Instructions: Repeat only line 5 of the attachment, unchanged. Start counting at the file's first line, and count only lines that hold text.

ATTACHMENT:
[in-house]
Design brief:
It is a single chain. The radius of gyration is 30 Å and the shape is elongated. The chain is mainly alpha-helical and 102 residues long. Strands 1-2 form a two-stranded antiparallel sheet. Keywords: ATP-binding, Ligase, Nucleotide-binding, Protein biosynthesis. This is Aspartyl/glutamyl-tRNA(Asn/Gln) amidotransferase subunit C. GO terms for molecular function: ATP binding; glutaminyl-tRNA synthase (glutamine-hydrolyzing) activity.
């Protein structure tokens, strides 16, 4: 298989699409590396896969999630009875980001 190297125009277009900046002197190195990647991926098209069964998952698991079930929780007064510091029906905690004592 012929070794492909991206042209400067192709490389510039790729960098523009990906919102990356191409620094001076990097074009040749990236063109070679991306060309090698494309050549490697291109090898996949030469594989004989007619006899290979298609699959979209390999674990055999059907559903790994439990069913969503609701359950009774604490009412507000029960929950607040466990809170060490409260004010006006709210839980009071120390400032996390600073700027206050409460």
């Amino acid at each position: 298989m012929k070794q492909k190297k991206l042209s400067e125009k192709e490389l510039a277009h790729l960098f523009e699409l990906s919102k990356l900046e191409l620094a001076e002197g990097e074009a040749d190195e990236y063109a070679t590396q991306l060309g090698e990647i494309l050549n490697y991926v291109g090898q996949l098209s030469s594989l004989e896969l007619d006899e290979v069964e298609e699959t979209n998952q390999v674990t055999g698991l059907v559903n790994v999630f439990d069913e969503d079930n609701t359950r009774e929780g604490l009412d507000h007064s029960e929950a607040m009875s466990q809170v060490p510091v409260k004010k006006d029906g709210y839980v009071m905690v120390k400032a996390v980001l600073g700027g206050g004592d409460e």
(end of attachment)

């Amino acid at each position: 298989m012929k070794q492909k190297k991206l042209s400067e125009k192709e490389l510039a277009h790729l960098f523009e699409l990906s919102k990356l900046e191409l620094a001076e002197g990097e074009a040749d190195e990236y063109a070679t590396q991306l060309g090698e990647i494309l050549n490697y991926v291109g090898q996949l098209s030469s594989l004989e896969l007619d006899e290979v069964e298609e699959t979209n998952q390999v674990t055999g698991l059907v559903n790994v999630f439990d069913e969503d079930n609701t359950r009774e929780g604490l009412d507000h007064s029960e929950a607040m009875s466990q809170v060490p510091v409260k004010k006006d029906g709210y839980v009071m905690v120390k400032a996390v980001l600073g700027g206050g004592d409460e």